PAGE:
Space, Commerce, and National Security

January 01, 1999


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Defense and Security

United States


Throughout the past decade, space has become increasingly important to all aspects of American life. The information revolution now transforming both private activity and global commerce depends to a very large extent on communication, remote sensing, and navigation satellites. Likewise, space has become vitally important to the American military. During the 1991 Gulf War, the victorious coalition forces relied heavily upon the “high ground” of space to support land, sea, and air operations. We can expect the same to continue in future conflicts.

The increasing importance of space to both commerce and national security has given rise to two major concerns. The first is the potential vulnerability of American space systems to disruption in the event of conflict. The second is the possibility that future adversaries will try to improve the performance of their forces by developing indigenous space systems or by taking advantage of the widening array of space goods and services available. To guard against these possibilities, some have argued that the U.S. needs to develop a military capability to secure its vital interests in space, while others urge instead that arms control and other cooperative measures are the best means to protect American interests in space.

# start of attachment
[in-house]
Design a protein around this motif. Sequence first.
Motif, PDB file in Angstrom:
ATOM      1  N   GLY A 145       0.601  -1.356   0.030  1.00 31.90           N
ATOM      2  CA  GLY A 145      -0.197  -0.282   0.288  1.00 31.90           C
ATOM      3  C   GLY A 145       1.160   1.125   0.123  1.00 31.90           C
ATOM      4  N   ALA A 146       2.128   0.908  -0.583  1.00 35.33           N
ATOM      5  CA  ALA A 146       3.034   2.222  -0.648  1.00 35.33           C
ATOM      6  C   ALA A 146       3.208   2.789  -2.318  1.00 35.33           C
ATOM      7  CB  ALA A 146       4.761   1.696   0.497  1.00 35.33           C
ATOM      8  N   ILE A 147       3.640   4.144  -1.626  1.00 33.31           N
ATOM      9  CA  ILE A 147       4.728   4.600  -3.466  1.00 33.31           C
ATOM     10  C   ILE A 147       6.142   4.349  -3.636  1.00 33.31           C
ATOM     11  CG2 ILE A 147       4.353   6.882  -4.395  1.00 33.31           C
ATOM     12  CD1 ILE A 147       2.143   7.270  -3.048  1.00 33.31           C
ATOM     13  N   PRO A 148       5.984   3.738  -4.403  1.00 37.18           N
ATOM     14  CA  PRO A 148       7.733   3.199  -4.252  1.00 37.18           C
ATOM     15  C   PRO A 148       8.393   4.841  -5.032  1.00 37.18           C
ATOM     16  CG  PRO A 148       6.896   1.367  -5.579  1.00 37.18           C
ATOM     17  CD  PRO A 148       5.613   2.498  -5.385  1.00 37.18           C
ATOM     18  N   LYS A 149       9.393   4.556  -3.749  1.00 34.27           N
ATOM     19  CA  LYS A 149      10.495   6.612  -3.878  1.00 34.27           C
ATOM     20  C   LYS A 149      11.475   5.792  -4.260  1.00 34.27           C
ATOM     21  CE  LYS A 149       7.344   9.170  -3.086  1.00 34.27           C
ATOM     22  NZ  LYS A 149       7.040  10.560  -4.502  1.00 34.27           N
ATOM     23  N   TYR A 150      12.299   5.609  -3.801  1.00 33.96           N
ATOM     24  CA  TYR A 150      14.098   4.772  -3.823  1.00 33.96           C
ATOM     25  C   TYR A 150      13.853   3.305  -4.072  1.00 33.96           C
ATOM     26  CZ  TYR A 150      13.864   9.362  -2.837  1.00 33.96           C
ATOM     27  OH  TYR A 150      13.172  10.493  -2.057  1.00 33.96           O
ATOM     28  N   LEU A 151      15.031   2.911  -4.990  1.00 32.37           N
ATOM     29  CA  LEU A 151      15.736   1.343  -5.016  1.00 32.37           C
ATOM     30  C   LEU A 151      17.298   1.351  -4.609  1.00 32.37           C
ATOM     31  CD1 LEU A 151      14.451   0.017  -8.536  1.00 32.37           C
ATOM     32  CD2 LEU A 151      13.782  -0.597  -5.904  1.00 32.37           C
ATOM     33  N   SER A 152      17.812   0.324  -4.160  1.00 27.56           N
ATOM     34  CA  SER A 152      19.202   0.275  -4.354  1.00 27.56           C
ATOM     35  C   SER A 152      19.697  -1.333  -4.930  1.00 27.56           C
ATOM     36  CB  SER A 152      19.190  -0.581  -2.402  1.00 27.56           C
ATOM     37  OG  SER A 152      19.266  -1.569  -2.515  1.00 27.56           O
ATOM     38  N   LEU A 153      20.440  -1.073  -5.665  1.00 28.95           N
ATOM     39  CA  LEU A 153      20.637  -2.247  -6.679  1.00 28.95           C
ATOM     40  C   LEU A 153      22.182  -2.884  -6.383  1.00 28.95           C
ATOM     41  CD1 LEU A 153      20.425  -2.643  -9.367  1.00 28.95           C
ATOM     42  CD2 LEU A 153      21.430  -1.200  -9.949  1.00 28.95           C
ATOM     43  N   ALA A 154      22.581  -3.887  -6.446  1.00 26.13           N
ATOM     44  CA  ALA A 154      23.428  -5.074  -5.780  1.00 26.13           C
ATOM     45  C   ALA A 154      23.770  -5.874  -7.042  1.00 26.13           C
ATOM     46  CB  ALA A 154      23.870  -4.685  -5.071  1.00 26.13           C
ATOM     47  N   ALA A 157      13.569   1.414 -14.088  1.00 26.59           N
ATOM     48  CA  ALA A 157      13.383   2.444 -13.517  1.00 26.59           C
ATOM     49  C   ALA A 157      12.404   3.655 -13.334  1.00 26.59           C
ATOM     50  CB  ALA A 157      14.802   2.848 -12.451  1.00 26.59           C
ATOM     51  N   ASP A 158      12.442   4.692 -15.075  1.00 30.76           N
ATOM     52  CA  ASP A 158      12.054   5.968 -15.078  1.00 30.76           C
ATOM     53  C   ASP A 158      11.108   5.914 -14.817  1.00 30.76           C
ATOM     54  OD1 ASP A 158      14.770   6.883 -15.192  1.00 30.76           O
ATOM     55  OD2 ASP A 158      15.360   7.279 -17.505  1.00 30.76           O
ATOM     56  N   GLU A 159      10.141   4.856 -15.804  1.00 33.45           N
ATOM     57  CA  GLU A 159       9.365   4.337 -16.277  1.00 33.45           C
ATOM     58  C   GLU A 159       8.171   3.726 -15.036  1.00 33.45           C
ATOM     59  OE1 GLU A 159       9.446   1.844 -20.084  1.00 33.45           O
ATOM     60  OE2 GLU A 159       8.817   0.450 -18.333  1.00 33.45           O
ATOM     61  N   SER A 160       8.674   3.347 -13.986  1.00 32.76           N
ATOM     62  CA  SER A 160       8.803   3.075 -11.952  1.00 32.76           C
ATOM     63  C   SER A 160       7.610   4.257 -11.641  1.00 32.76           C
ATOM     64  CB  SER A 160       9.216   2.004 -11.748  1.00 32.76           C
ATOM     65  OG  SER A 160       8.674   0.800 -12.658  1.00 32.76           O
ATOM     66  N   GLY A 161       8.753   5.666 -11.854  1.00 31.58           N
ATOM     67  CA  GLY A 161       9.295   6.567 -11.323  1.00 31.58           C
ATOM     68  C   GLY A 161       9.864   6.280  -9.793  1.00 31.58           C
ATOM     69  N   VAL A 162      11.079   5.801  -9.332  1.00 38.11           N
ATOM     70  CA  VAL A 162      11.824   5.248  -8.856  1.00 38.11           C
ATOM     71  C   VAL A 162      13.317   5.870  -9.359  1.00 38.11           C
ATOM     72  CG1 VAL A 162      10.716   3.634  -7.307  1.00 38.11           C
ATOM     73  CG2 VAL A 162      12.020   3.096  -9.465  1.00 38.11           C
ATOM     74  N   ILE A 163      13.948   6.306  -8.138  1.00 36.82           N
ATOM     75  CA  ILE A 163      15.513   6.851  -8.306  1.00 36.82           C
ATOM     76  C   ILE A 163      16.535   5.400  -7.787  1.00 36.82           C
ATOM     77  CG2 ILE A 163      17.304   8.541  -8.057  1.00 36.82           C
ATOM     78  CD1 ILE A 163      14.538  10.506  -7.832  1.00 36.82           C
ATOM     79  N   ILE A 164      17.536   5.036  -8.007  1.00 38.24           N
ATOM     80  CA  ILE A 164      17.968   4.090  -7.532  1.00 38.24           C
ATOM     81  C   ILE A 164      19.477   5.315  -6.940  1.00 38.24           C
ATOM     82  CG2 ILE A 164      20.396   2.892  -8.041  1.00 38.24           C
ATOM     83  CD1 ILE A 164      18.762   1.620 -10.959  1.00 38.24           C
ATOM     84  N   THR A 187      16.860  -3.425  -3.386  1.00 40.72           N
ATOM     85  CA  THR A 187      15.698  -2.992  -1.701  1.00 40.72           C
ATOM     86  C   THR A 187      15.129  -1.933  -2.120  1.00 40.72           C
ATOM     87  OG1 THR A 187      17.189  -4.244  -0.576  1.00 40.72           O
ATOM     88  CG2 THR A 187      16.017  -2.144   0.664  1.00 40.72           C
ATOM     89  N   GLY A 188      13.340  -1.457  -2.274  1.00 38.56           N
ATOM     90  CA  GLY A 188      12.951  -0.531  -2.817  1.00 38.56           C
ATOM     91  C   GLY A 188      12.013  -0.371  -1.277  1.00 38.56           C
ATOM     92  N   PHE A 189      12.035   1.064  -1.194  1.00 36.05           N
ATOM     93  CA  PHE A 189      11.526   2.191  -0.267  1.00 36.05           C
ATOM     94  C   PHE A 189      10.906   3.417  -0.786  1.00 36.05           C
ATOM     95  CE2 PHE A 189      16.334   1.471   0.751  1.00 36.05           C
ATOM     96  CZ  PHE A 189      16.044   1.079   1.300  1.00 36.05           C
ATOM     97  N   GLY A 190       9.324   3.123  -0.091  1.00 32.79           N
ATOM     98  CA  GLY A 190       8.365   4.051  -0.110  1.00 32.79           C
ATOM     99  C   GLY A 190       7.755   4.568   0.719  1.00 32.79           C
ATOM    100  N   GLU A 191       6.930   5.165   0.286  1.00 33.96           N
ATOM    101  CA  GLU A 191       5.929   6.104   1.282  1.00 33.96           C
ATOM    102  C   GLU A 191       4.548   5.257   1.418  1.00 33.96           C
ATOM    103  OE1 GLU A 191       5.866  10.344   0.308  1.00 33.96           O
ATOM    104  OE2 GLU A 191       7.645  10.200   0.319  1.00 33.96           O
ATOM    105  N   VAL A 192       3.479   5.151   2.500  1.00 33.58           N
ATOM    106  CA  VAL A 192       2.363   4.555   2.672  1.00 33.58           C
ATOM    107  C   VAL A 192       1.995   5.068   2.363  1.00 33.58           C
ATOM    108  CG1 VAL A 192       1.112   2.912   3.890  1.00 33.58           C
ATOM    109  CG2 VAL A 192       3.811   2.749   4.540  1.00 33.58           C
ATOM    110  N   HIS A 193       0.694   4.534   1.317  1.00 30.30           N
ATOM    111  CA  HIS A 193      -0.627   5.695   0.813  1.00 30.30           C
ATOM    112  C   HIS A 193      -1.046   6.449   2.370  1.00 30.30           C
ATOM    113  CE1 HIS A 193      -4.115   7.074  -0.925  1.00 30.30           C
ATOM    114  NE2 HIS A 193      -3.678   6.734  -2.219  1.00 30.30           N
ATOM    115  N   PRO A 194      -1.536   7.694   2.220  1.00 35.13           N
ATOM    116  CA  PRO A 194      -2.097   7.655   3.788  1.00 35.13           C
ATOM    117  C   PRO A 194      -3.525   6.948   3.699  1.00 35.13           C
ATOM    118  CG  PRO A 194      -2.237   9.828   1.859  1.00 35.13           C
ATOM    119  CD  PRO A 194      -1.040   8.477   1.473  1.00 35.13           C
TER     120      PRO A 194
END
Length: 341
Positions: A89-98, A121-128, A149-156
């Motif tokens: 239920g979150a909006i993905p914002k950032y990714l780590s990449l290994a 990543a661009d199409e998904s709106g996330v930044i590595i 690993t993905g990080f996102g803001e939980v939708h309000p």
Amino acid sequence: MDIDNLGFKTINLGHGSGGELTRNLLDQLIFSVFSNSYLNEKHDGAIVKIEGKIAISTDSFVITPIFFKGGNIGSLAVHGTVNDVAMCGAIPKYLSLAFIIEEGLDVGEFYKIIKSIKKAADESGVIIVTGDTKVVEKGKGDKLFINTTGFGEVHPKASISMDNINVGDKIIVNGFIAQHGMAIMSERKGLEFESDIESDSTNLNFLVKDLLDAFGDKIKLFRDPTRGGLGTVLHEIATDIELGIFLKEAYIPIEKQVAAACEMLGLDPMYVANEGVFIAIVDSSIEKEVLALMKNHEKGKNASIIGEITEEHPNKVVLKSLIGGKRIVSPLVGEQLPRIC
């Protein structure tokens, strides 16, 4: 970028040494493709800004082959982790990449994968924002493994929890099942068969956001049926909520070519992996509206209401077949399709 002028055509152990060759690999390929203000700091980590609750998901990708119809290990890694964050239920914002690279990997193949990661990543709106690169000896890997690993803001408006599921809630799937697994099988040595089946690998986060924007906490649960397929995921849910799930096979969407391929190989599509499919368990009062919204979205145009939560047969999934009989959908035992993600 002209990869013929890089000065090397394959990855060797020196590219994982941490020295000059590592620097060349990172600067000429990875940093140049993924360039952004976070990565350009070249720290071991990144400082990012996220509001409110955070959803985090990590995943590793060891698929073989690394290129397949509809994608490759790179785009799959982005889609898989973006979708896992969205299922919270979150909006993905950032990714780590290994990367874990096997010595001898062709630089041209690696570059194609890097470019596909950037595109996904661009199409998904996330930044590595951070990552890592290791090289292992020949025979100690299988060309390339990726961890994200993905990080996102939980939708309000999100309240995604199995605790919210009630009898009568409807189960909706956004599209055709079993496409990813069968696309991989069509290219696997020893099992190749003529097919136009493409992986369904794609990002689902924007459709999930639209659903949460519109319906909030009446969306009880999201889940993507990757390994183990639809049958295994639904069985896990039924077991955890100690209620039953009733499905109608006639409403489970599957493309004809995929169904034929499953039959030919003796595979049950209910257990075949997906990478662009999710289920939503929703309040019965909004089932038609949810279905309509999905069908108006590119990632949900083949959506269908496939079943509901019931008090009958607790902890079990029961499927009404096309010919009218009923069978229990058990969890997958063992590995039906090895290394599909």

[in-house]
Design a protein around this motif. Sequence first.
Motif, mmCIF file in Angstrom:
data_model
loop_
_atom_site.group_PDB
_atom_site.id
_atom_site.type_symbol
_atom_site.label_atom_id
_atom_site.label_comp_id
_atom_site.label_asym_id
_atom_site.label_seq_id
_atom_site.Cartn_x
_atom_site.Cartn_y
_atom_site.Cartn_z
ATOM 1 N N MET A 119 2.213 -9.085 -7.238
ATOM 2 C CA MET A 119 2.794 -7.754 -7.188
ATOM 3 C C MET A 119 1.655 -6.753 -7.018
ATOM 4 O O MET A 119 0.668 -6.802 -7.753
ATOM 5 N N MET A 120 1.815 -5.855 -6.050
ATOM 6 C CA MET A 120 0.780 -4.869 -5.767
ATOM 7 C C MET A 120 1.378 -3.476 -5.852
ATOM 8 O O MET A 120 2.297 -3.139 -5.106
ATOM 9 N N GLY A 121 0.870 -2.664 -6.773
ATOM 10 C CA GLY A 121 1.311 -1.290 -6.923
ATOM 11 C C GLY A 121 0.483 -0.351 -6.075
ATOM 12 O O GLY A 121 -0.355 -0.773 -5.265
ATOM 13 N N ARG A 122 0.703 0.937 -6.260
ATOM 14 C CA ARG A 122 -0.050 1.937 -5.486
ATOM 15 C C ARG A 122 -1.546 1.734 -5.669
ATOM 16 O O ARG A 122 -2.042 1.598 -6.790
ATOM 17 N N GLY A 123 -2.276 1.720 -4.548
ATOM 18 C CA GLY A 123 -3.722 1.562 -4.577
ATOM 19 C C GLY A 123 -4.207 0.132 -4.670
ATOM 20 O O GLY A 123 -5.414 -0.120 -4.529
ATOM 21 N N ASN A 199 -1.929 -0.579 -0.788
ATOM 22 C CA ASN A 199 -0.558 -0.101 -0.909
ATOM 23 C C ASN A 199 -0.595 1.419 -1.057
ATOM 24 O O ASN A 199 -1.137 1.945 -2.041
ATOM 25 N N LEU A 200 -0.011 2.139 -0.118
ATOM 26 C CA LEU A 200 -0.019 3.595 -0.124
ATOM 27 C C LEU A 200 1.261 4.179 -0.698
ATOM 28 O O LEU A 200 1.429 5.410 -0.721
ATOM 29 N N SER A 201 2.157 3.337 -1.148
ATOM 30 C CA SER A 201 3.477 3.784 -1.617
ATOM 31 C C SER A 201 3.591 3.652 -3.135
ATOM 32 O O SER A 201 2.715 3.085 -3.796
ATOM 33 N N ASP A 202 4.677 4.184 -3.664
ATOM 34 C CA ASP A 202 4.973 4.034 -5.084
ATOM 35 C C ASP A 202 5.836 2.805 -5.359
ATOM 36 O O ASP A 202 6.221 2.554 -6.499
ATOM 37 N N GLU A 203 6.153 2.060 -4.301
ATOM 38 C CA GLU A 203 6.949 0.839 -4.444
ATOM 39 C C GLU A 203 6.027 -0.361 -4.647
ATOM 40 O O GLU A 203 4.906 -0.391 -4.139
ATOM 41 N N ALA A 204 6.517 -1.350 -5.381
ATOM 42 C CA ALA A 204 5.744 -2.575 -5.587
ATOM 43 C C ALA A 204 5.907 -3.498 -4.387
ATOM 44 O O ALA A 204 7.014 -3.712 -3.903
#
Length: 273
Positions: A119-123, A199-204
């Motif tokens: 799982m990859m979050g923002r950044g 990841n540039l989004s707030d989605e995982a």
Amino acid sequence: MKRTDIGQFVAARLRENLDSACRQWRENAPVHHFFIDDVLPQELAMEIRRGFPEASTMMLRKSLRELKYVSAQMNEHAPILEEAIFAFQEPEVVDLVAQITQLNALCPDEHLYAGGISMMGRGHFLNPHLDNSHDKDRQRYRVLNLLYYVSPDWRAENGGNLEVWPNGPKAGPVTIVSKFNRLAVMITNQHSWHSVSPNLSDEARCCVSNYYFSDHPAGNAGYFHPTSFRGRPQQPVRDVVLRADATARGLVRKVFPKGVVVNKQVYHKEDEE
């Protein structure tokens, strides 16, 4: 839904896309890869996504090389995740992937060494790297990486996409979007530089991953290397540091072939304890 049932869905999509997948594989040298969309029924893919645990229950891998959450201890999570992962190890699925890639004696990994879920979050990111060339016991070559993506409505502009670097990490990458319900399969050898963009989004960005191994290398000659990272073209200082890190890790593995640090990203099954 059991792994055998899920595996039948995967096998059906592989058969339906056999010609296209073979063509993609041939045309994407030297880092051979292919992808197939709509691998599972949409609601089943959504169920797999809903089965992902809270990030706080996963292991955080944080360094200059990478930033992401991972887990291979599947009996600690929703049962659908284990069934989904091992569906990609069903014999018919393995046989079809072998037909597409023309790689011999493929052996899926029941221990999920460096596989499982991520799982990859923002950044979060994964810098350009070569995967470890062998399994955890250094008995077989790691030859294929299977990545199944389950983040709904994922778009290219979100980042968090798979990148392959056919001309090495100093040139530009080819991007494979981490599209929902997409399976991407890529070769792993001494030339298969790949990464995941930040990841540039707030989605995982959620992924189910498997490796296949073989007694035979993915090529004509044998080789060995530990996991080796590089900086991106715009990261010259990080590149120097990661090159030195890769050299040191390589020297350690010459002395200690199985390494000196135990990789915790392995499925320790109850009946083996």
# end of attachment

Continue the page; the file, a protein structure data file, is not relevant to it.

In this monograph, Military Fellow Colonel Frank Klotz provides a timely and thorough analysis of the emerging debate. With an eye to recent developments and potential future competition regarding the Earth’s orbit, Klotz provides a compelling argument for sustaining U.S. pre-eminence in space in order to promote and protect growing American interests there.